On the other end of the spectrum, there were those who could make Austin look like he had just paralyzed them for life. The Rock is an ideal example. The masterpiece happens at 1:05 with the double-stunner that’s simultaneously ludicrous and awesome:

Scott Hall was also proficient at taking a Stunner, as he briefly converted the ring into a bounce house:

Source: YouTube

One of the most important Stunners occurred at Wrestlemania 23, with future presidential candidate Donald Trump as the recipient. It’s notable, because it was perhaps the moment the Stunner fully left the realm of wrestling. (When you vote in the election this November, ask yourself: Do you really want a president who can’t sell a Stunner?)

Austin sold his finisher well in the few instances it was turned on him, showing he understood the mechanics required on both sides of the move:

There are two types of people when it comes to opinions on pro wrestling: Those who hate it for being “fake” and staged, and those who love it for what it is. The Stone Cold Stunner is one of those rare elements of the business that ought to win over both crowds. Imagine a Venn diagram of the “real”—a folding chair to the head, an eye rake, or an arm bar—and the theatrical—a piledriver, chokeslam, or aerial trick from the turnbuckle. The Stunner fits right into the overlap, like few other moves do. The kick is painful; the jawbreaker is performance. It would absolutely never work in an actual fight, but given the internal logic of wrestling, with its Bugs Bunny physics, it worked. It felt like anyone could do it, even a Bills fan.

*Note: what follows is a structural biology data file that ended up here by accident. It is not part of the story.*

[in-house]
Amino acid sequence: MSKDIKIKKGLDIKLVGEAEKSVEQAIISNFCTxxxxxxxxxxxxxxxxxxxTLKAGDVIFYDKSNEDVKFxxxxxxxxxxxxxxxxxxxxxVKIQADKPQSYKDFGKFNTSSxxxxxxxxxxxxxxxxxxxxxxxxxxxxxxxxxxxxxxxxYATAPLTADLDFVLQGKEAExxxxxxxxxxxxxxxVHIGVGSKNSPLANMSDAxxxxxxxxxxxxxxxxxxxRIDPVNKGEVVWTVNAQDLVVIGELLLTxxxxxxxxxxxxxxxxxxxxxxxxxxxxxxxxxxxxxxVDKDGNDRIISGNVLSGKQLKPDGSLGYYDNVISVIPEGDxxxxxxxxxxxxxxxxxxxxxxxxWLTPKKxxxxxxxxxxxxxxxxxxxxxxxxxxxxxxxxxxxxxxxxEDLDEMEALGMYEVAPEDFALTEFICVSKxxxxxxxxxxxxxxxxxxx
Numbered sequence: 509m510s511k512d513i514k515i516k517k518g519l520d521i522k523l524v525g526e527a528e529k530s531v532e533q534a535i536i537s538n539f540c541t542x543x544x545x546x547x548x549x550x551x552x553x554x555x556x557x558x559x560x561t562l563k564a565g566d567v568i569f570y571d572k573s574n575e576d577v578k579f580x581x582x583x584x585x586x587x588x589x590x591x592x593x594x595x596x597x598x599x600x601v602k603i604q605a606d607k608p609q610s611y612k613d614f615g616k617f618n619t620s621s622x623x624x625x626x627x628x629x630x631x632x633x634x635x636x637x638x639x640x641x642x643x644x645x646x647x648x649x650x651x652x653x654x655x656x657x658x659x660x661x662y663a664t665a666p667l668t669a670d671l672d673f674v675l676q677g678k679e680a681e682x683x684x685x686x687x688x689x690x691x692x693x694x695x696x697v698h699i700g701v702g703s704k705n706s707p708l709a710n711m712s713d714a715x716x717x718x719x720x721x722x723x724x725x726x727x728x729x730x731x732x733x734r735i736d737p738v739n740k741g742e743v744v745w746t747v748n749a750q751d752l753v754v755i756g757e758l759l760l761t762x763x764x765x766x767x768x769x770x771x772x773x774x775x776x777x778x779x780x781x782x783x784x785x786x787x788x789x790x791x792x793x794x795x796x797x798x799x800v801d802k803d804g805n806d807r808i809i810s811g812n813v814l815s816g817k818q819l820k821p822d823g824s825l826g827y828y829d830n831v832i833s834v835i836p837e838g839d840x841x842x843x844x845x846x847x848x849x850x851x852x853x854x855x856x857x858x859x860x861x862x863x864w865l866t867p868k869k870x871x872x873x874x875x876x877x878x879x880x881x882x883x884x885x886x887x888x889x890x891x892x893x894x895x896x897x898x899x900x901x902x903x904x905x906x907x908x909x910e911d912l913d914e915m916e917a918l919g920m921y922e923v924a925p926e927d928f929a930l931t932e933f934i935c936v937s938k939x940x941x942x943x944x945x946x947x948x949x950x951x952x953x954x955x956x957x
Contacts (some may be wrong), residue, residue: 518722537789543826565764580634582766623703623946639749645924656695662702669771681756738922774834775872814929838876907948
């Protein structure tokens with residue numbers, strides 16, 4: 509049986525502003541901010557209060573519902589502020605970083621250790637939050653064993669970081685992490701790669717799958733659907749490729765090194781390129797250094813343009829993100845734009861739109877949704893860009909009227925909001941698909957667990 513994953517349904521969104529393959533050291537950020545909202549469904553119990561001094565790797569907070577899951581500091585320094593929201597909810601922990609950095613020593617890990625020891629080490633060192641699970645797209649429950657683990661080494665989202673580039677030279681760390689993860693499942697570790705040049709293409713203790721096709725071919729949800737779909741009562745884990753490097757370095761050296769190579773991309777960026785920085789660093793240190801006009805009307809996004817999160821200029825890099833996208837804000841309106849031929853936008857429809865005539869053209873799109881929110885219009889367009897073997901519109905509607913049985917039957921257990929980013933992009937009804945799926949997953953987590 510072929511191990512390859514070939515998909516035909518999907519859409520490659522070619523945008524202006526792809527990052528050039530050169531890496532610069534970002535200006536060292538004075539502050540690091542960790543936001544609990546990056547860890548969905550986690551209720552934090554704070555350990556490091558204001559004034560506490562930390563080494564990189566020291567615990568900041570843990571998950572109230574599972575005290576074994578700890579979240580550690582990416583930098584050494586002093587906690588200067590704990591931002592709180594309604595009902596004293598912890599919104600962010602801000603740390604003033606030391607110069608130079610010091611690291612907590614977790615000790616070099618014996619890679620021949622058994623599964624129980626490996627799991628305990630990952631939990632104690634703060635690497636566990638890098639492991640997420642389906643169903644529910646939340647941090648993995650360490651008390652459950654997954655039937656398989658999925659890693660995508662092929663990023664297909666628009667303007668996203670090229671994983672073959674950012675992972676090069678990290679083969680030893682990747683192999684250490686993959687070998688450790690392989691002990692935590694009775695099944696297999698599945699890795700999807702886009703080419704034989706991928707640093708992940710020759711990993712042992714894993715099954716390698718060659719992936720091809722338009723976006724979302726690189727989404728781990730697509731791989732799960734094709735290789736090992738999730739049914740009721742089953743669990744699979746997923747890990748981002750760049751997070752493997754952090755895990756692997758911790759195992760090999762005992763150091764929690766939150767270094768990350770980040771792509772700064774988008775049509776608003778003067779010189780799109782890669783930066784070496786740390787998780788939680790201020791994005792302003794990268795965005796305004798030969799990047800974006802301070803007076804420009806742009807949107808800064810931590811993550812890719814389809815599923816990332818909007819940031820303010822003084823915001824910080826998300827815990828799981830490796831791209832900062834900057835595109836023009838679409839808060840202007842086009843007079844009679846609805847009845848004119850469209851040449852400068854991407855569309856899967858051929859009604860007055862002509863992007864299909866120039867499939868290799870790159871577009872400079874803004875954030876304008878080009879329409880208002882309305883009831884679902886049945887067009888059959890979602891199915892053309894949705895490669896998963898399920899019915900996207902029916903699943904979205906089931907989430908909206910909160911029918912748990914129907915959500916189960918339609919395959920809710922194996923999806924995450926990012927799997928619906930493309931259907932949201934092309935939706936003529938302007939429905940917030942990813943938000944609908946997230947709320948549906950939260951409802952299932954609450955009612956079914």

As Austin explained, the Stunner was versatile. There were entirely different ways to sell it that would still garner positive reaction. Wrestlers could act like they were legitimately injured; the crowd would freak out. Someone like Hall or The Rock could ham up their responses, bringing viewers to the point where they thought they were watching a cartoon; it still worked. There is probably no other wrestling move that had as wide a range of outcomes as the Stunner.

Austin’s entrance theme started with the sound of glass breaking; his entire persona was brash, a metaphorical kick to the gut. The Stunner was a perfect representation of him, and of all the things that have ever been great about wrestling.